By Sekou Smith, NBA.com
Posted Apr 17 2010 10:51PM
ATLANTA -- Hawks coach Mike Woodson kept mashing the rewind button on the remote control in his office at Philips Arena.
"How in the world did we win this game?" he said as we sat there watching the same sequence of plays from the Hawks' February 28 home win over the Bucks, an overtime affair that still had Woodson perplexed a month and a half later, over and over again.
"I'm serious," he said. "How in the world did we win this game?"
It's the same question people ask about the Hawks all the time, win or lose, as they try and understand how a team can look so good one minute and struggle mightily the next.
Woodson was watching that tape two hours before the opening tip of the Hawks' enigmatic 102-92 victory in Game 1 of his team's Eastern Conference first-round series against the Bucks, yet another chapter in the curious case of one of the NBA's most intriguing teams.
The Hawks are good enough to roast the Bucks in one half, they led by as many as 24 points in the third quarter, and still frighten an entire city the next by allowing a wounded Bucks team to come charging back behind the play of rookie point guard Brandon Jennings.
Sure, they won their playoff home opener for the second straight year. And they did so in rousing fashion, finishing off the Andrew Bogut-less Bucks by double digits. But you still don't know if you can trust this team to take care of it s business without losing control for long stretches.
They certainly didn't inspire any confidence that a performance like this would suffice against an elite foe like Cleveland or Orlando, or even a healthy Bucks team.
"We did win the game," Hawks forward Josh Smith said and then smiled. "Don't forget about that. You make it sound like we lost or something. That's a playoff team over there. They're not going to lay down for us. Nobody is going to do that this time of year. We hit first, they fought back and we finished the business. That's how it works."
Woodson didn't agree with one reporters' post-game assessment that the Hawks routinely treat folks to these sort of uneven performances only to promise minutes later that his team would "be better" in Game 2.
"We've played solidly all year," Woodson said. "We've had some close games. And when you get into playoff basketball you can build a big lead but teams are going to make runs and you're going to see that in the playoffs in the rest of the way out. Milwaukee made a heck of a run in the third quarter, and we countered the run, and were able to keep the cushion that we needed to secure the win."
For a team that aspires to bigger and better things, the Hawks talk openly about making statements and proving that they belong among the league's elite, keeping cushions and doing just enough to secure wins might not be enough.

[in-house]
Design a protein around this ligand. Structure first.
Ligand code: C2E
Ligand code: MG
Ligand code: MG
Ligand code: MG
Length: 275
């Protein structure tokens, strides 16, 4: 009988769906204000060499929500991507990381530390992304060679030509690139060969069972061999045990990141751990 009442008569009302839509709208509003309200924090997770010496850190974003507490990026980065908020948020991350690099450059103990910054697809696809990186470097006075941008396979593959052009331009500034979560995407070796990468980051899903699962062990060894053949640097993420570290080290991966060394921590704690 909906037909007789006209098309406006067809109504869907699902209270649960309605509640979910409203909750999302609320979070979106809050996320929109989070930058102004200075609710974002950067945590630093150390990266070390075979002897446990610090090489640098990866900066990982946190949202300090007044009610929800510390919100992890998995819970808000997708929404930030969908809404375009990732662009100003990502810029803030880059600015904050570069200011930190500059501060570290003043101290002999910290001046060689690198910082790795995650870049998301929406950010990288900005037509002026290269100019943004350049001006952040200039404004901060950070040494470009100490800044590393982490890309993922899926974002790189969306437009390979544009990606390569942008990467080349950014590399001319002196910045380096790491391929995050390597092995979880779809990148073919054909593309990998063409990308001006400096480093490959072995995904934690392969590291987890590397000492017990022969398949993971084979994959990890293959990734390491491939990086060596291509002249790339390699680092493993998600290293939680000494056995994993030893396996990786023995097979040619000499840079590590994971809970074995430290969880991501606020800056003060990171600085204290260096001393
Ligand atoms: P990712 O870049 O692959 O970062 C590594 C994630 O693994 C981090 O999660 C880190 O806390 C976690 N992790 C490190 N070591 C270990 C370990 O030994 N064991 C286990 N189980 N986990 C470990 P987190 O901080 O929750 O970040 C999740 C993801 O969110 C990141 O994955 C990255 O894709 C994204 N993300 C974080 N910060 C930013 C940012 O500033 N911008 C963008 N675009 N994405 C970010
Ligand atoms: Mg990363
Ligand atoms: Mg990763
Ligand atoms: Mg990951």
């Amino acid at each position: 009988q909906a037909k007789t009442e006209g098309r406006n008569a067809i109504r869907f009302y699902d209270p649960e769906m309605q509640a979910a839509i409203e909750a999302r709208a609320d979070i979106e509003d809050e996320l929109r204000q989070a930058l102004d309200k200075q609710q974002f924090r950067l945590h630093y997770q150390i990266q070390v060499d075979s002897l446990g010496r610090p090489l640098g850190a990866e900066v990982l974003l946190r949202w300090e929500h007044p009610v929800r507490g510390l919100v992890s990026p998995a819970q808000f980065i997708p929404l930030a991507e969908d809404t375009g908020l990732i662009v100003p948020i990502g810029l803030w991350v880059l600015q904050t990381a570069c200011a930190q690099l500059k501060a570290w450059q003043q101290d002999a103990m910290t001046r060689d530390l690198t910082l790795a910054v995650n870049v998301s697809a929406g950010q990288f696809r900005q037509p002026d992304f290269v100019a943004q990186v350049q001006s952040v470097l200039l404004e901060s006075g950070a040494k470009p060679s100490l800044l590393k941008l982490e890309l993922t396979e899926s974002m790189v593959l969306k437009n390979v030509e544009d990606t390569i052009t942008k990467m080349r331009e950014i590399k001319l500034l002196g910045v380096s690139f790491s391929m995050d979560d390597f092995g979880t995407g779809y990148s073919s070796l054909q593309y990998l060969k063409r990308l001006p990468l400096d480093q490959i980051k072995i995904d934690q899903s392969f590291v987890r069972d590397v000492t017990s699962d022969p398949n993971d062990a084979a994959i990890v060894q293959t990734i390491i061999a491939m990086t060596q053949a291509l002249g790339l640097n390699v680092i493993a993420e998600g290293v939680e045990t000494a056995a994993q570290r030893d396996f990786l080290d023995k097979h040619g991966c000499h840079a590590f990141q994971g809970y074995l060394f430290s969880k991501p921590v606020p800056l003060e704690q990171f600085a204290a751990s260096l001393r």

Hawks sixth man and playoff rookie Jamal Crawford admitted as much, noting that the jump intensity level from the regular season to playoffs was as advertised.
"It's like going from the preseason to the regular season," said Crawford, who finished with 17 points in his postseason debut. "But it's even more magnified here."
Indeed. Everything is magnified in the playoffs, strengths and weaknesses, and other subtle flaws that might have gotten overlooked during the 82-game grind of the regular season.
The Hawks played to perception, piling up 62 points by halftime and then going flat in the second half. They had nine turnovers after the break and never could get Smith and Al Horford going inside against the Bucks' small-ball lineup they dominated in the first half.
Some of that had to do with the Bucks playing much better in the second half, including the defensive adjustments made during the break.
"The first half we were a little shell shocked," said Bucks coach Scott Skiles. "I think in the second half we competed harder. We settled down a little bit. In the second half we played more like ourselves."
The Hawks did the same.
Instead of running the Bucks out of the building, they found a way to make what looked to be a rout early on a nail-biter for the announced sellout, towel-waving crowd of 18,729.
They won't win over any of their skeptics with second half showings like the one they had against the Bucks. Jennings put on a show, keeping his team in the game by scoring 12 of his-game-high 34 points in the third quarter.
John Salmons matched that and the Bucks trimmed that 24-point deficit to seven, 77-70, before a Mike Bibby 3-pointer woke the Hawks up with 30 seconds to play in the quarter.
"They won 15 out of 17 games in February and March, so they're going to make runs, and they're going to compete," Crawford said.
Instead of resting his starters for Game 2, Woodson was forced to keep his rotation tight to hold the Bucks off in the fourth.
It made for a strange post-game celebration. As pleased as the Hawks were to handle their business, they seemed grounded in the fact that this series won't be nearly as easy as it might have appeared to be at halftime.
"We wanted to jump on them quick," Bibby said, "but we have a tough series cut out for us. They're going to keep fighting and keep fighting; they were down 24 points tonight and they made it a game. They were scoring and we weren't scoring and they got back in the game. But I think we're going to be okay."
Thinking and knowing are two different things.
It's also the difference between the truly elite teams and those teams that aspire to be elite.
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